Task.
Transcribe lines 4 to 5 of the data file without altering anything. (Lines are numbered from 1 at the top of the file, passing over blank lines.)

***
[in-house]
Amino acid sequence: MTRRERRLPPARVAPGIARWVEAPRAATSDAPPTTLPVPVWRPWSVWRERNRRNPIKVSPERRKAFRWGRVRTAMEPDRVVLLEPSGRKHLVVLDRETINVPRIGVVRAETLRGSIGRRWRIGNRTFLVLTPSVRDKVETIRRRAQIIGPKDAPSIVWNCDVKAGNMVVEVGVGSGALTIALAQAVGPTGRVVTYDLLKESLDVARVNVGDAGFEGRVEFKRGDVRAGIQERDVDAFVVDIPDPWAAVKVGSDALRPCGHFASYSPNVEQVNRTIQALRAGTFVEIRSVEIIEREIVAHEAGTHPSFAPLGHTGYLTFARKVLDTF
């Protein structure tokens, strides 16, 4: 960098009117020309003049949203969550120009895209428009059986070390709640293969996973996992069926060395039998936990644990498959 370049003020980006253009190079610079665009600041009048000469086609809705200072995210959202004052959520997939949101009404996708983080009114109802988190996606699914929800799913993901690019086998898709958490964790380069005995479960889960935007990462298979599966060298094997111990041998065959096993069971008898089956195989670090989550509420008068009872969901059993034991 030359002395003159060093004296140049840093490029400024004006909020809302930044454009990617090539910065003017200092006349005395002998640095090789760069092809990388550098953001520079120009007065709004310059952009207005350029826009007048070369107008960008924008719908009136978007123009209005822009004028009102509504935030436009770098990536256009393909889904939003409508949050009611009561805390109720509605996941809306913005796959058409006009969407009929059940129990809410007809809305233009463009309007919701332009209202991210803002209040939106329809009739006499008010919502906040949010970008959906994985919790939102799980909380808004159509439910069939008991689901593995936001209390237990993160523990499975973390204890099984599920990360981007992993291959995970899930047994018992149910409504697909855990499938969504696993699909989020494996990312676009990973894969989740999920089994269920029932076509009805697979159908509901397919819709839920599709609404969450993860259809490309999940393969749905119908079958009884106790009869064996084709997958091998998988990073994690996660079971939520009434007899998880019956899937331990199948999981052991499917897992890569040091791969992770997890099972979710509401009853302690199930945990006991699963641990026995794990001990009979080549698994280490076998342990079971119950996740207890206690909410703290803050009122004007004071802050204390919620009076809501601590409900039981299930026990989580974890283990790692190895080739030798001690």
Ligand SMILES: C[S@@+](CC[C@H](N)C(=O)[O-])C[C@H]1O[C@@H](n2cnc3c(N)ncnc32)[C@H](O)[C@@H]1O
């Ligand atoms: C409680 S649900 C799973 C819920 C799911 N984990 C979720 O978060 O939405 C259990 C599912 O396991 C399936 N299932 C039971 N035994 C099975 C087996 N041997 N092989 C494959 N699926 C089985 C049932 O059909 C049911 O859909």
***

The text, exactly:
Ligand SMILES: C[S@@+](CC[C@H](N)C(=O)[O-])C[C@H]1O[C@@H](n2cnc3c(N)ncnc32)[C@H](O)[C@@H]1O
């Ligand atoms: C409680 S649900 C799973 C819920 C799911 N984990 C979720 O978060 O939405 C259990 C599912 O396991 C399936 N299932 C039971 N035994 C099975 C087996 N041997 N092989 C494959 N699926 C089985 C049932 O059909 C049911 O859909």